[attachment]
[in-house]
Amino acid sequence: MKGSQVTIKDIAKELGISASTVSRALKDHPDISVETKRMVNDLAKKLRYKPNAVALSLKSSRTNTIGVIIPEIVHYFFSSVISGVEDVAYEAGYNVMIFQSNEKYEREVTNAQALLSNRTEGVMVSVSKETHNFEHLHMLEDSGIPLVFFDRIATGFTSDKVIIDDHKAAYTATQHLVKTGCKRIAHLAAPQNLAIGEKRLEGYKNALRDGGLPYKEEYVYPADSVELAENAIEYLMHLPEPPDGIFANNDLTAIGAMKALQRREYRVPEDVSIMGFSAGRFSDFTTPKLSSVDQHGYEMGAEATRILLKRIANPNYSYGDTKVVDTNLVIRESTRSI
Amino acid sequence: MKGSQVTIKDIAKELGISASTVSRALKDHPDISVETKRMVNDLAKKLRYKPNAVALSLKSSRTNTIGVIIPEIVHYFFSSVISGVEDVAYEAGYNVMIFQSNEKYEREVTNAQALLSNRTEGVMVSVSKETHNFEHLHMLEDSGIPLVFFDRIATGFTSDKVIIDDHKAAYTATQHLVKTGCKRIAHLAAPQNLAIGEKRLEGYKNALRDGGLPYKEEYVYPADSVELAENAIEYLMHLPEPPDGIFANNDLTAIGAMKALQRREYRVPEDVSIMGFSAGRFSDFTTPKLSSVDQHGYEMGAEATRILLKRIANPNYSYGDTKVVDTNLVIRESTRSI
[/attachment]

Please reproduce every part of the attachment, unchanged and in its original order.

[in-house]
Amino acid sequence: MKGSQVTIKDIAKELGISASTVSRALKDHPDISVETKRMVNDLAKKLRYKPNAVALSLKSSRTNTIGVIIPEIVHYFFSSVISGVEDVAYEAGYNVMIFQSNEKYEREVTNAQALLSNRTEGVMVSVSKETHNFEHLHMLEDSGIPLVFFDRIATGFTSDKVIIDDHKAAYTATQHLVKTGCKRIAHLAAPQNLAIGEKRLEGYKNALRDGGLPYKEEYVYPADSVELAENAIEYLMHLPEPPDGIFANNDLTAIGAMKALQRREYRVPEDVSIMGFSAGRFSDFTTPKLSSVDQHGYEMGAEATRILLKRIANPNYSYGDTKVVDTNLVIRESTRSI
Amino acid sequence: MKGSQVTIKDIAKELGISASTVSRALKDHPDISVETKRMVNDLAKKLRYKPNAVALSLKSSRTNTIGVIIPEIVHYFFSSVISGVEDVAYEAGYNVMIFQSNEKYEREVTNAQALLSNRTEGVMVSVSKETHNFEHLHMLEDSGIPLVFFDRIATGFTSDKVIIDDHKAAYTATQHLVKTGCKRIAHLAAPQNLAIGEKRLEGYKNALRDGGLPYKEEYVYPADSVELAENAIEYLMHLPEPPDGIFANNDLTAIGAMKALQRREYRVPEDVSIMGFSAGRFSDFTTPKLSSVDQHGYEMGAEATRILLKRIANPNYSYGDTKVVDTNLVIRESTRSI